TechCrunch

A hacker gained access to internal files and documents owned by security company and SSL certificate issuer Comodo by using an email address and password mistakenly exposed on the internet.

The credentials were found in a public GitHub repository owned by a Comodo software developer. With the email address and password in hand, the hacker was able to log into the company’s Microsoft-hosted cloud services. The account was not protected with two-factor authentication.

Jelle Ursem, a Netherlands-based security researcher who found the credentials, contacted Comodo vice president Rajaswi Das by WhatsApp to secure the account. The password was revoked the following day.

Ursem told TechCrunch that the account allowed him to access internal Comodo files and documents, including sales documents and spreadsheets in the company’s OneDrive — and the company’s organization graph on SharePoint, allowing him to see the team’s biographies, contact information including phone numbers and email addresses, photos, customer documents, calendar, and more.

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A screenshot of a staff calendar on Comodo’s internal site. (Image: supplied)

He also shared several screenshots of folders containing agreements and contracts with several customers — with the names of customers in each filename, such as hospitals and U.S. state governments. Other documents appeared to be Comodo vulnerability reports. Ursem’s cursory review of the data did not turn up any customer certificates private keys, however.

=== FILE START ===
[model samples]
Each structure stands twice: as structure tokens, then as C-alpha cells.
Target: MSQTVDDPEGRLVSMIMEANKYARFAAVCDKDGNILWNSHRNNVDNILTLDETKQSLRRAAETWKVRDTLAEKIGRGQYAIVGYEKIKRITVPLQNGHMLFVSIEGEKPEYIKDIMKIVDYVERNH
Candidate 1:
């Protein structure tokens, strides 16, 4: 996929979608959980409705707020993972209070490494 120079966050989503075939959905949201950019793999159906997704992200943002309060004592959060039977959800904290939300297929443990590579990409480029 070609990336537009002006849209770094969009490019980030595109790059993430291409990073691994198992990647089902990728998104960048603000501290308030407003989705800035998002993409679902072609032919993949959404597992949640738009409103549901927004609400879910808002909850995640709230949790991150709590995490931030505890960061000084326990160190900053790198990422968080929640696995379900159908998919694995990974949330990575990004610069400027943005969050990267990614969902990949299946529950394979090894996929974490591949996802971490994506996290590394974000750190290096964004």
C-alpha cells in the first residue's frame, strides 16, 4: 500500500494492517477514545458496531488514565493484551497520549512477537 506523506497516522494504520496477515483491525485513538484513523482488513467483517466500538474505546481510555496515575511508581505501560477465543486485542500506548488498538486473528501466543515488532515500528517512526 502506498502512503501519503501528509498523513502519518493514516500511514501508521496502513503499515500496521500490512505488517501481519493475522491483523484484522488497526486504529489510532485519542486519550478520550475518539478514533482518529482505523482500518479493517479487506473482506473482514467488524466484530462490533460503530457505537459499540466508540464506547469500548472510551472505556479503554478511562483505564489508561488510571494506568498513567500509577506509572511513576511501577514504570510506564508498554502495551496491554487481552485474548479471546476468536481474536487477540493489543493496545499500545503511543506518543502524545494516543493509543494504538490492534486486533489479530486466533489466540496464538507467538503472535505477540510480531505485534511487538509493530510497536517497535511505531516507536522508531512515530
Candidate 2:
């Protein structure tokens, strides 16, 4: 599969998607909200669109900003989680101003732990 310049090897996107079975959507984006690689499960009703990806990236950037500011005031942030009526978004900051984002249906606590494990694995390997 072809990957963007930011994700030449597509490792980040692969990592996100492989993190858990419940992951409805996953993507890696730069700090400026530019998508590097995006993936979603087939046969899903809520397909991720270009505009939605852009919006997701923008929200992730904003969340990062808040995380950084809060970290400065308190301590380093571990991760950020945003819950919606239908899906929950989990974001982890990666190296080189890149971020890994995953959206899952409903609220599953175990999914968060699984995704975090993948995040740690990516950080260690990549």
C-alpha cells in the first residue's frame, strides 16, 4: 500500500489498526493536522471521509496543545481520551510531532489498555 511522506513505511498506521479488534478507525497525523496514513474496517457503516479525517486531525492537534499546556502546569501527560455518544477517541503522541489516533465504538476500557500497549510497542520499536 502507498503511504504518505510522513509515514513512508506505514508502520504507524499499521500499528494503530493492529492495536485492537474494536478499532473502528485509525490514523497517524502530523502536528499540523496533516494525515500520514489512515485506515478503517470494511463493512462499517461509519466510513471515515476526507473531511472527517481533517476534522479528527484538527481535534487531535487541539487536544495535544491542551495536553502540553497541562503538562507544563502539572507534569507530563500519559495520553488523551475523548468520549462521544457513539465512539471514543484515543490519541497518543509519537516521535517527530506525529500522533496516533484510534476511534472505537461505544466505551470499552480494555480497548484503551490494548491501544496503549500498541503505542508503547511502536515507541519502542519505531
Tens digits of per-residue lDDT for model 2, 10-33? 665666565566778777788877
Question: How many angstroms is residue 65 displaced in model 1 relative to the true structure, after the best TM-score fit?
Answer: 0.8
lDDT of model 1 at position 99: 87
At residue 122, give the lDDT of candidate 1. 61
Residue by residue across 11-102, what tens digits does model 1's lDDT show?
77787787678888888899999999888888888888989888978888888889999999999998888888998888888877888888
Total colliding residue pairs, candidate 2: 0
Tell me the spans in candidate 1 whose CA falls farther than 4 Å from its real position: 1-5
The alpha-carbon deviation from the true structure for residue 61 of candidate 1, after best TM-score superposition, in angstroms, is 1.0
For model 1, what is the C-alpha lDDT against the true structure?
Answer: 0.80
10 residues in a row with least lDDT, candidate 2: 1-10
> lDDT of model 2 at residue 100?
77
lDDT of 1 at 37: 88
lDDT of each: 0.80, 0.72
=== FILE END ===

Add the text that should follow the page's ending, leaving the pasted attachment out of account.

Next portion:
“Seeing as they’re a security company and give out SSL certificates, you’d think that the security of their own environment would come first above all else,” said Ursem.

But according to Ursem, he wasn’t the first person to find the exposed email address and password.

“This account has already been hacked by somebody else, who has been sending out spam,” he told TechCrunch. He shared a screenshot of a spam email sent out, purporting to offer tax refunds from the French finance ministry.

We reached out to Comodo for comment prior to publication. A spokesperson said the account was an “automated account used for marketing and transactional purposes,” adding: “The data accessed was not manipulated in any way and within hours of being notified by the researcher, the account was locked down.”

It’s the latest example of exposed corporate passwords found in public GitHub repositories, where developers store code online. All too often developers upload files inadvertently containing private credentials used for internal-only testing. Researchers like Ursem regularly scan repositories for passwords and report them to the companies, often in exchange for bug bounties.

Earlier this year Ursem found a similarly exposed set of internal Asus passwords on an employee’s GitHub public account. Uber was also breached in 2016 after hackers found internal credentials on GitHub.